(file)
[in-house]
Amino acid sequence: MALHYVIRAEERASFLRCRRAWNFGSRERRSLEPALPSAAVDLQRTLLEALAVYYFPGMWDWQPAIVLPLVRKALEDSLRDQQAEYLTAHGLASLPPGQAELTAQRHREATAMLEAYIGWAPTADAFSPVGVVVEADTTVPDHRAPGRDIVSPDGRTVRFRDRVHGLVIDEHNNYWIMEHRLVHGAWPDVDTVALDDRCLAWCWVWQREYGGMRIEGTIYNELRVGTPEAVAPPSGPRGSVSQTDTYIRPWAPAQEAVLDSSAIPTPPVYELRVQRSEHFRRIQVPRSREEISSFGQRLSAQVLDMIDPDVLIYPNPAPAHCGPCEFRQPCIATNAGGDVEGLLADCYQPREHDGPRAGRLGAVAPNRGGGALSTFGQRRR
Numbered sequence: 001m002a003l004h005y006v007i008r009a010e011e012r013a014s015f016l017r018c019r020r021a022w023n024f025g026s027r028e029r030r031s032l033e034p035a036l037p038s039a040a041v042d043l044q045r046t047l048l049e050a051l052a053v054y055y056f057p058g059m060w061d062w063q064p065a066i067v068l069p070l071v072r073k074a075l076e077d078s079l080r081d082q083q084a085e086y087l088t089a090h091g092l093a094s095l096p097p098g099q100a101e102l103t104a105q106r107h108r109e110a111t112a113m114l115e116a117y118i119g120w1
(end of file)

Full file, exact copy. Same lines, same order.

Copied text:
[in-house]
Amino acid sequence: MALHYVIRAEERASFLRCRRAWNFGSRERRSLEPALPSAAVDLQRTLLEALAVYYFPGMWDWQPAIVLPLVRKALEDSLRDQQAEYLTAHGLASLPPGQAELTAQRHREATAMLEAYIGWAPTADAFSPVGVVVEADTTVPDHRAPGRDIVSPDGRTVRFRDRVHGLVIDEHNNYWIMEHRLVHGAWPDVDTVALDDRCLAWCWVWQREYGGMRIEGTIYNELRVGTPEAVAPPSGPRGSVSQTDTYIRPWAPAQEAVLDSSAIPTPPVYELRVQRSEHFRRIQVPRSREEISSFGQRLSAQVLDMIDPDVLIYPNPAPAHCGPCEFRQPCIATNAGGDVEGLLADCYQPREHDGPRAGRLGAVAPNRGGGALSTFGQRRR
Numbered sequence: 001m002a003l004h005y006v007i008r009a010e011e012r013a014s015f016l017r018c019r020r021a022w023n024f025g026s027r028e029r030r031s032l033e034p035a036l037p038s039a040a041v042d043l044q045r046t047l048l049e050a051l052a053v054y055y056f057p058g059m060w061d062w063q064p065a066i067v068l069p070l071v072r073k074a075l076e077d078s079l080r081d082q083q084a085e086y087l088t089a090h091g092l093a094s095l096p097p098g099q100a101e102l103t104a105q106r107h108r109e110a111t112a113m114l115e116a117y118i119g120w1